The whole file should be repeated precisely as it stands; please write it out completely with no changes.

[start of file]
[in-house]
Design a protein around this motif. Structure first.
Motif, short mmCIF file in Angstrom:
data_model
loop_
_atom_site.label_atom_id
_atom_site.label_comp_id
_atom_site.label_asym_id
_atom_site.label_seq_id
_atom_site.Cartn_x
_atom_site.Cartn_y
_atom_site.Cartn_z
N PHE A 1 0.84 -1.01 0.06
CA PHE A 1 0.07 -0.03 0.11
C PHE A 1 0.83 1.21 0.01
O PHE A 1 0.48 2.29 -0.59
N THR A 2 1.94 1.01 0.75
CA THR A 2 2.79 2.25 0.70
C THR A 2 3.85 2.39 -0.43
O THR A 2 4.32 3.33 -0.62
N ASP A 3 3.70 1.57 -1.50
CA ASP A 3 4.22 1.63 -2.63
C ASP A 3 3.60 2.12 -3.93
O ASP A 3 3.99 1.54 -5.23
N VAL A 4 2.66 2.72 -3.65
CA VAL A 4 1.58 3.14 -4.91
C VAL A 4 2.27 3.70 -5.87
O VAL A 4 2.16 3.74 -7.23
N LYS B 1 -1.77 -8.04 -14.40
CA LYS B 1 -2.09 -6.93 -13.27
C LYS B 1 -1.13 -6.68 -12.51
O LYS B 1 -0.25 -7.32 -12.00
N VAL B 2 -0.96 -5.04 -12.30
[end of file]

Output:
[in-house]
Design a protein around this motif. Structure first.
Motif, short mmCIF file in Angstrom:
data_model
loop_
_atom_site.label_atom_id
_atom_site.label_comp_id
_atom_site.label_asym_id
_atom_site.label_seq_id
_atom_site.Cartn_x
_atom_site.Cartn_y
_atom_site.Cartn_z
N PHE A 1 0.84 -1.01 0.06
CA PHE A 1 0.07 -0.03 0.11
C PHE A 1 0.83 1.21 0.01
O PHE A 1 0.48 2.29 -0.59
N THR A 2 1.94 1.01 0.75
CA THR A 2 2.79 2.25 0.70
C THR A 2 3.85 2.39 -0.43
O THR A 2 4.32 3.33 -0.62
N ASP A 3 3.70 1.57 -1.50
CA ASP A 3 4.22 1.63 -2.63
C ASP A 3 3.60 2.12 -3.93
O ASP A 3 3.99 1.54 -5.23
N VAL A 4 2.66 2.72 -3.65
CA VAL A 4 1.58 3.14 -4.91
C VAL A 4 2.27 3.70 -5.87
O VAL A 4 2.16 3.74 -7.23
N LYS B 1 -1.77 -8.04 -14.40
CA LYS B 1 -2.09 -6.93 -13.27
C LYS B 1 -1.13 -6.68 -12.51
O LYS B 1 -0.25 -7.32 -12.00
N VAL B 2 -0.96 -5.04 -12.30